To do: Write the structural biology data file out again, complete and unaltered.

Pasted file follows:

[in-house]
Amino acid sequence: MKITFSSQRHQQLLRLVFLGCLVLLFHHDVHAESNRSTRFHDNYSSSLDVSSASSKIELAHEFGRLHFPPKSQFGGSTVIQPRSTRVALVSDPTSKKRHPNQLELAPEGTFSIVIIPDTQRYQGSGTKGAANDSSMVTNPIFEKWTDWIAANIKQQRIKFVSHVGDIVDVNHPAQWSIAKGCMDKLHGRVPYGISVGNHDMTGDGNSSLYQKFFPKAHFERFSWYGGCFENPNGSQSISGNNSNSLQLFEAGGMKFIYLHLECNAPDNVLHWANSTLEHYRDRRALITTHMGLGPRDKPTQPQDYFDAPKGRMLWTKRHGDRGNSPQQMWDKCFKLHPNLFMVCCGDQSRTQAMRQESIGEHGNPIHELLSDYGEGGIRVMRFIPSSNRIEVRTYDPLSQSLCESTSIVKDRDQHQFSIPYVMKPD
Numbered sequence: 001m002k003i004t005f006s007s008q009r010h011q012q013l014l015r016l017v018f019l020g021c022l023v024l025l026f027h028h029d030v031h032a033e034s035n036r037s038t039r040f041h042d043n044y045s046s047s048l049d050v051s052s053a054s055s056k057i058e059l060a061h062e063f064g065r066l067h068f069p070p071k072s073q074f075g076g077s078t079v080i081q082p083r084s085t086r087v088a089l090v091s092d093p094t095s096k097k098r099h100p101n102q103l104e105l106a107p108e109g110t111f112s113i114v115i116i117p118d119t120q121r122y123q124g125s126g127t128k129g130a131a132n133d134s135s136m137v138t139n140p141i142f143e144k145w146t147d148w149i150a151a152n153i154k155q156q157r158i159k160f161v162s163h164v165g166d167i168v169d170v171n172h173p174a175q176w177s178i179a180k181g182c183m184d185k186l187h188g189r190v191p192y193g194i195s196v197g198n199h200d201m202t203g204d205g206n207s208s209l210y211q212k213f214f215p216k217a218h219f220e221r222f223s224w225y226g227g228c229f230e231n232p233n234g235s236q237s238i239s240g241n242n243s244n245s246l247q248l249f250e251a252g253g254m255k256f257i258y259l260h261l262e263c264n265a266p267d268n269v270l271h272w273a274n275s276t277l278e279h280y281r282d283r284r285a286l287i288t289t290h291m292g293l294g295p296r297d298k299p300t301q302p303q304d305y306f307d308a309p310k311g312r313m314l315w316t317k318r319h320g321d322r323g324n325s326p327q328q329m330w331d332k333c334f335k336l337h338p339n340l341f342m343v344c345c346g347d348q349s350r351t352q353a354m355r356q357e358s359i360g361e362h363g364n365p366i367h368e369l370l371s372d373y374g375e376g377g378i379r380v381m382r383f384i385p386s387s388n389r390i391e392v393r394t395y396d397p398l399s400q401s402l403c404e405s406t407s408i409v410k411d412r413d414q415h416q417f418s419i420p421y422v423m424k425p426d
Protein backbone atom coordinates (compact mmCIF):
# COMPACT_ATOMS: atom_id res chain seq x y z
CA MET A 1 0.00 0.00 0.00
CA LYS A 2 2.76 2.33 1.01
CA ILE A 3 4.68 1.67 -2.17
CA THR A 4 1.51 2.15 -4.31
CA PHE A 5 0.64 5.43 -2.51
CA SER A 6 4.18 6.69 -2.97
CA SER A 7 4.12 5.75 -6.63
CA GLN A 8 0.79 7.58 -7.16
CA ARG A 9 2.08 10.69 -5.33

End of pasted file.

[in-house]
Amino acid sequence: MKITFSSQRHQQLLRLVFLGCLVLLFHHDVHAESNRSTRFHDNYSSSLDVSSASSKIELAHEFGRLHFPPKSQFGGSTVIQPRSTRVALVSDPTSKKRHPNQLELAPEGTFSIVIIPDTQRYQGSGTKGAANDSSMVTNPIFEKWTDWIAANIKQQRIKFVSHVGDIVDVNHPAQWSIAKGCMDKLHGRVPYGISVGNHDMTGDGNSSLYQKFFPKAHFERFSWYGGCFENPNGSQSISGNNSNSLQLFEAGGMKFIYLHLECNAPDNVLHWANSTLEHYRDRRALITTHMGLGPRDKPTQPQDYFDAPKGRMLWTKRHGDRGNSPQQMWDKCFKLHPNLFMVCCGDQSRTQAMRQESIGEHGNPIHELLSDYGEGGIRVMRFIPSSNRIEVRTYDPLSQSLCESTSIVKDRDQHQFSIPYVMKPD
Numbered sequence: 001m002k003i004t005f006s007s008q009r010h011q012q013l014l015r016l017v018f019l020g021c022l023v024l025l026f027h028h029d030v031h032a033e034s035n036r037s038t039r040f041h042d043n044y045s046s047s048l049d050v051s052s053a054s055s056k057i058e059l060a061h062e063f064g065r066l067h068f069p070p071k072s073q074f075g076g077s078t079v080i081q082p083r084s085t086r087v088a089l090v091s092d093p094t095s096k097k098r099h100p101n102q103l104e105l106a107p108e109g110t111f112s113i114v115i116i117p118d119t120q121r122y123q124g125s126g127t128k129g130a131a132n133d134s135s136m137v138t139n140p141i142f143e144k145w146t147d148w149i150a151a152n153i154k155q156q157r158i159k160f161v162s163h164v165g166d167i168v169d170v171n172h173p174a175q176w177s178i179a180k181g182c183m184d185k186l187h188g189r190v191p192y193g194i195s196v197g198n199h200d201m202t203g204d205g206n207s208s209l210y211q212k213f214f215p216k217a218h219f220e221r222f223s224w225y226g227g228c229f230e231n232p233n234g235s236q237s238i239s240g241n242n243s244n245s246l247q248l249f250e251a252g253g254m255k256f257i258y259l260h261l262e263c264n265a266p267d268n269v270l271h272w273a274n275s276t277l278e279h280y281r282d283r284r285a286l287i288t289t290h291m292g293l294g295p296r297d298k299p300t301q302p303q304d305y306f307d308a309p310k311g312r313m314l315w316t317k318r319h320g321d322r323g324n325s326p327q328q329m330w331d332k333c334f335k336l337h338p339n340l341f342m343v344c345c346g347d348q349s350r351t352q353a354m355r356q357e358s359i360g361e362h363g364n365p366i367h368e369l370l371s372d373y374g375e376g377g378i379r380v381m382r383f384i385p386s387s388n389r390i391e392v393r394t395y396d397p398l399s400q401s402l403c404e405s406t407s408i409v410k411d412r413d414q415h416q417f418s419i420p421y422v423m424k425p426d
Protein backbone atom coordinates (compact mmCIF):
# COMPACT_ATOMS: atom_id res chain seq x y z
CA MET A 1 0.00 0.00 0.00
CA LYS A 2 2.76 2.33 1.01
CA ILE A 3 4.68 1.67 -2.17
CA THR A 4 1.51 2.15 -4.31
CA PHE A 5 0.64 5.43 -2.51
CA SER A 6 4.18 6.69 -2.97
CA SER A 7 4.12 5.75 -6.63
CA GLN A 8 0.79 7.58 -7.16
CA ARG A 9 2.08 10.69 -5.33